The 51-year-old Swabian’s connection with the club, though, runs deeper than politics. When he was interviewed by Liverpool for the manager’s job, Klopp stressed that football was not merely about tactics. According to him, it was “also rain, tackles flying in, the noise in the stadium.” For those interested in learning more about his life in football, the journalist Raphael Hönigstein’s Bring The Noise is an excellent primer. Klopp spoke of his desire to “activate” the Anfield crowd and for the players to feed off that energy.
Like he once said, “If you get up in the morning and the first hour is bad, does that mean you go back to bed? No, it means let’s try another one.”
The manager’s views on football neatly combine with the traditional notions about the game in the north of England, the original home of football in the country. During his Dortmund days, Klopp would often be seen wearing a baseball cap with the word “Pöhler” – a colloquial term from the Ruhr valley for a person who swears by the pleasures inherent in the playing of football, somebody who is likely to be spotted playing pick-up matches for the fun of it.
This easygoing attitude was important in Liverpool’s context, a club that had come to be weighed down by its failures. In the aftermath of the Champions League final last season, which ended in defeat for the Reds, Klopp partied with his players and staff all night long to celebrate their joyous run to the final. Not for him to dwell over losses. Like he once said, “If you get up in the morning and the first hour is bad, does that mean you go back to bed? No, it means let’s try another one.”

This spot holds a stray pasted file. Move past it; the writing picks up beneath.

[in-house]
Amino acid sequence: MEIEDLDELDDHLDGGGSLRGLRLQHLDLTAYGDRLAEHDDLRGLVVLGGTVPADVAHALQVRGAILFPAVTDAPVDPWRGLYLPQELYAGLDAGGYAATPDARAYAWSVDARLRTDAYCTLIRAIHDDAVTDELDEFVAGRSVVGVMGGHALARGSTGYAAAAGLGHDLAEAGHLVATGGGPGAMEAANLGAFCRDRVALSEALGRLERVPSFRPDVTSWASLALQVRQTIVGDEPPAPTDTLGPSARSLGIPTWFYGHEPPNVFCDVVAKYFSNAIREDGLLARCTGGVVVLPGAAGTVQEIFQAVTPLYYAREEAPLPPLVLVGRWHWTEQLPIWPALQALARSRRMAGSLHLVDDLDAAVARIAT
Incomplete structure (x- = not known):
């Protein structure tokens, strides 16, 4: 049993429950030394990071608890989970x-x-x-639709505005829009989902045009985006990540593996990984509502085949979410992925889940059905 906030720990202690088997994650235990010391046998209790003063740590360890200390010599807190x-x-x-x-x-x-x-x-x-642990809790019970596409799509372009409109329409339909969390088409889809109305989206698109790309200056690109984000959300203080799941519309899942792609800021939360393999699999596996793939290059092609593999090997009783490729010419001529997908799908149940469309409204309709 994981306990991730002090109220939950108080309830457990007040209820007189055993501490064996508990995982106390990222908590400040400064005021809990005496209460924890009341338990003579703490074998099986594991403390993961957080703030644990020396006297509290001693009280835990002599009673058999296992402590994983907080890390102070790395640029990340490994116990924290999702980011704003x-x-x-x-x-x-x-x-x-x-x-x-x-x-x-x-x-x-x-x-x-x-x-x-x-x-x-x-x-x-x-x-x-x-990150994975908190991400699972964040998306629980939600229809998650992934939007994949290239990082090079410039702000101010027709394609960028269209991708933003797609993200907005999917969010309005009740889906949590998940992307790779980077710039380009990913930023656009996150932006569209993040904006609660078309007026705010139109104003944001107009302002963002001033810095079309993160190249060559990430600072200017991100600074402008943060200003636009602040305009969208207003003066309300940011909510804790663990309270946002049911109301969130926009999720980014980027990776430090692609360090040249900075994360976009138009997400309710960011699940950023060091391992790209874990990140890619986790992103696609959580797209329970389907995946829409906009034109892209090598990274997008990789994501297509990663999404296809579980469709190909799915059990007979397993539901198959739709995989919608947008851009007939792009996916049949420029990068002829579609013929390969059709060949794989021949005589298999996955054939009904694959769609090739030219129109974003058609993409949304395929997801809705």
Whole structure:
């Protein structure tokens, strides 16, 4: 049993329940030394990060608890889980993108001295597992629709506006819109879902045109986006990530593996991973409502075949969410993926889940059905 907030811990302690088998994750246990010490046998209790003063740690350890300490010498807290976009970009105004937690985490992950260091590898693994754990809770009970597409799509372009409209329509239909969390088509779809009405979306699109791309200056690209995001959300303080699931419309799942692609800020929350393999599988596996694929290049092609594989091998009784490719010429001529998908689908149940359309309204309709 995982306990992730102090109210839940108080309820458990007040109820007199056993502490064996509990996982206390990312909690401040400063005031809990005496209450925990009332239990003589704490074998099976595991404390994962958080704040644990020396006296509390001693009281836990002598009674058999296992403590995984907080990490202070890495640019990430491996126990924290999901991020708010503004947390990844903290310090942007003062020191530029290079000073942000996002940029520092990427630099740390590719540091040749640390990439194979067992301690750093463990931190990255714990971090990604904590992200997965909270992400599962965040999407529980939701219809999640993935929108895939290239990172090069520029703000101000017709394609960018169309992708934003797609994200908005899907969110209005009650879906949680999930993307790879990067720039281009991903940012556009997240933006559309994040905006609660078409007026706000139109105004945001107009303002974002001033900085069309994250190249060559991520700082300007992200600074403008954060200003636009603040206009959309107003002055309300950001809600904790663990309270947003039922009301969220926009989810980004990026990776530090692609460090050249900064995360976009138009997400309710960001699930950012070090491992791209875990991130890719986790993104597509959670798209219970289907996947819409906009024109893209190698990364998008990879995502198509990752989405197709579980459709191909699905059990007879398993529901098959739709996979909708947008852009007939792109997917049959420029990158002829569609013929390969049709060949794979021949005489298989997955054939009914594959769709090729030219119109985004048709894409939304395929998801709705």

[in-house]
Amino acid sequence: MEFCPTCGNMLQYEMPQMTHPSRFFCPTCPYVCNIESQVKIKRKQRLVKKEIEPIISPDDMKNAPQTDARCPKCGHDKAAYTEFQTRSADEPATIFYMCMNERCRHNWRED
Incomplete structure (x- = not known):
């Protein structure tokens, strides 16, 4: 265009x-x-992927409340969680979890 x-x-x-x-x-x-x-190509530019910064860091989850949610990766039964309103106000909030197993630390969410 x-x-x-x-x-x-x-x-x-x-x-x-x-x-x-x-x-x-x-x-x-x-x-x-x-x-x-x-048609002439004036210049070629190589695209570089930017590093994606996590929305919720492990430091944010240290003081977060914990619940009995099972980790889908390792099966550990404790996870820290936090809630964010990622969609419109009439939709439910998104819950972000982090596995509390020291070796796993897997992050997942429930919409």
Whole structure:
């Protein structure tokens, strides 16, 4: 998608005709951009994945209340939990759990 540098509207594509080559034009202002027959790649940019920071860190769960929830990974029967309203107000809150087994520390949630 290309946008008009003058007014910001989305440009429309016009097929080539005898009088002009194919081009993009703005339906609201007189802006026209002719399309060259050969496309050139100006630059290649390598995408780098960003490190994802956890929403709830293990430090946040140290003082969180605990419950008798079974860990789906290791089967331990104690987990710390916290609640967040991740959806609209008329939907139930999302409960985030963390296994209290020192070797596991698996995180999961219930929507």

So, what is the road ahead for Klopp and Liverpool? For the latter, retaining the manager’s services for a long time to come is of utmost importance. Klopp spent seven seasons each at Mainz and Dortmund before embarking on a new challenge. He will complete four years this October, so there is time.
If and when he does leave in the future, it is likely that Liverpool will not let his work merely fritter away. Klopp’s tenure is a long-term project. In fact the club’s officials have said in the past that they have to restrain themselves from expanding his role beyond football, such is the admiration they have for his work. For now, at least, they have managed to not put him under any burden.
For Klopp, anyway, the job is far from done. Until Liverpool win a league title again, the club’s history is going to hang around its neck like an albatross. It will be his next challenge, one for which he is fully equipped. Klopp is already held in the highest esteem by his contemporaries; it would be nigh impossible to make a list of the best coaches in the world without naming the German. The absence of silverware at Liverpool had tended to separate him from the likes of Pep Guardiola, Jose Mourinho, Massimiliano Allegri, among others. Not anymore.
By bringing the trophy coveted by every club in Europe to Anfield, Klopp has embellished Liverpool’s stature. There is good reason to believe that he and the club will not stop here. Liverpool is finally shaking off the weight of its illustrious past. Winning is likely to be the new normal with “The Normal One” in charge.
Priyansh is an independent writer in New Delhi, looking for the intersections between sport, politics, and culture. His keen interest in sociology comes handy. When not working, he is busy preparing himself to work. He tweets @Privaricate.